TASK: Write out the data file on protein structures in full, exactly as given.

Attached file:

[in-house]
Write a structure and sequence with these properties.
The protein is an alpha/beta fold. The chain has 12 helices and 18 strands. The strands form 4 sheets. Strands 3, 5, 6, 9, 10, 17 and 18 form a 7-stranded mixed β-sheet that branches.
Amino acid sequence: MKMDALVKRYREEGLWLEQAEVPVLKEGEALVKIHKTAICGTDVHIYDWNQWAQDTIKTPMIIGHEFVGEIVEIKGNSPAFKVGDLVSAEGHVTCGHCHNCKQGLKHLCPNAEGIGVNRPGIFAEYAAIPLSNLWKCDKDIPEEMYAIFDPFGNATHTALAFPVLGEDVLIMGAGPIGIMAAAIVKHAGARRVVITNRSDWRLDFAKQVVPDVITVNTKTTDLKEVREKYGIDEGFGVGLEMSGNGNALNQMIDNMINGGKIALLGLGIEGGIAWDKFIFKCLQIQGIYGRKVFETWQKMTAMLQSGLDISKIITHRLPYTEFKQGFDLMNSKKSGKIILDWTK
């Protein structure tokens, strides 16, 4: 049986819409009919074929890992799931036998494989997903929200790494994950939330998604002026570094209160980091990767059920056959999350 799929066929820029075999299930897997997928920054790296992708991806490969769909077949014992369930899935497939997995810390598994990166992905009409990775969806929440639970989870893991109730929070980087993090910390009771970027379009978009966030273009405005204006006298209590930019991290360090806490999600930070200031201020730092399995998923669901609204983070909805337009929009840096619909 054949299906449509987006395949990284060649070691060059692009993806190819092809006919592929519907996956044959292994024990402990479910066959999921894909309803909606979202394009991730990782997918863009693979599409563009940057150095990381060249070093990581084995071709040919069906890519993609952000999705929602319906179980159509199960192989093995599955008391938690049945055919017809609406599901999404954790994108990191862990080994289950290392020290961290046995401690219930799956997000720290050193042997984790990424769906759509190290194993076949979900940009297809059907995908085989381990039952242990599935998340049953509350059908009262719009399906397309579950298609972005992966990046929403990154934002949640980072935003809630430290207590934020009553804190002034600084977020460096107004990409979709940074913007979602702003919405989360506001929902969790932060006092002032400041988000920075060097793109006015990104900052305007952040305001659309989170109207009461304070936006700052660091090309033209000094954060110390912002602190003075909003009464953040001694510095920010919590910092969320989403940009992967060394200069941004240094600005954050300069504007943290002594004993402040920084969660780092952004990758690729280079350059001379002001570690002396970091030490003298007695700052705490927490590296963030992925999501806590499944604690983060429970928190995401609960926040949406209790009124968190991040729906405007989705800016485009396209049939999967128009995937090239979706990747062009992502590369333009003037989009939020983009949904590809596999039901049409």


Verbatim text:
[in-house]
Write a structure and sequence with these properties.
The protein is an alpha/beta fold. The chain has 12 helices and 18 strands. The strands form 4 sheets. Strands 3, 5, 6, 9, 10, 17 and 18 form a 7-stranded mixed β-sheet that branches.
Amino acid sequence: MKMDALVKRYREEGLWLEQAEVPVLKEGEALVKIHKTAICGTDVHIYDWNQWAQDTIKTPMIIGHEFVGEIVEIKGNSPAFKVGDLVSAEGHVTCGHCHNCKQGLKHLCPNAEGIGVNRPGIFAEYAAIPLSNLWKCDKDIPEEMYAIFDPFGNATHTALAFPVLGEDVLIMGAGPIGIMAAAIVKHAGARRVVITNRSDWRLDFAKQVVPDVITVNTKTTDLKEVREKYGIDEGFGVGLEMSGNGNALNQMIDNMINGGKIALLGLGIEGGIAWDKFIFKCLQIQGIYGRKVFETWQKMTAMLQSGLDISKIITHRLPYTEFKQGFDLMNSKKSGKIILDWTK
């Protein structure tokens, strides 16, 4: 049986819409009919074929890992799931036998494989997903929200790494994950939330998604002026570094209160980091990767059920056959999350 799929066929820029075999299930897997997928920054790296992708991806490969769909077949014992369930899935497939997995810390598994990166992905009409990775969806929440639970989870893991109730929070980087993090910390009771970027379009978009966030273009405005204006006298209590930019991290360090806490999600930070200031201020730092399995998923669901609204983070909805337009929009840096619909 054949299906449509987006395949990284060649070691060059692009993806190819092809006919592929519907996956044959292994024990402990479910066959999921894909309803909606979202394009991730990782997918863009693979599409563009940057150095990381060249070093990581084995071709040919069906890519993609952000999705929602319906179980159509199960192989093995599955008391938690049945055919017809609406599901999404954790994108990191862990080994289950290392020290961290046995401690219930799956997000720290050193042997984790990424769906759509190290194993076949979900940009297809059907995908085989381990039952242990599935998340049953509350059908009262719009399906397309579950298609972005992966990046929403990154934002949640980072935003809630430290207590934020009553804190002034600084977020460096107004990409979709940074913007979602702003919405989360506001929902969790932060006092002032400041988000920075060097793109006015990104900052305007952040305001659309989170109207009461304070936006700052660091090309033209000094954060110390912002602190003075909003009464953040001694510095920010919590910092969320989403940009992967060394200069941004240094600005954050300069504007943290002594004993402040920084969660780092952004990758690729280079350059001379002001570690002396970091030490003298007695700052705490927490590296963030992925999501806590499944604690983060429970928190995401609960926040949406209790009124968190991040729906405007989705800016485009396209049939999967128009995937090239979706990747062009992502590369333009003037989009939020983009949904590809596999039901049409």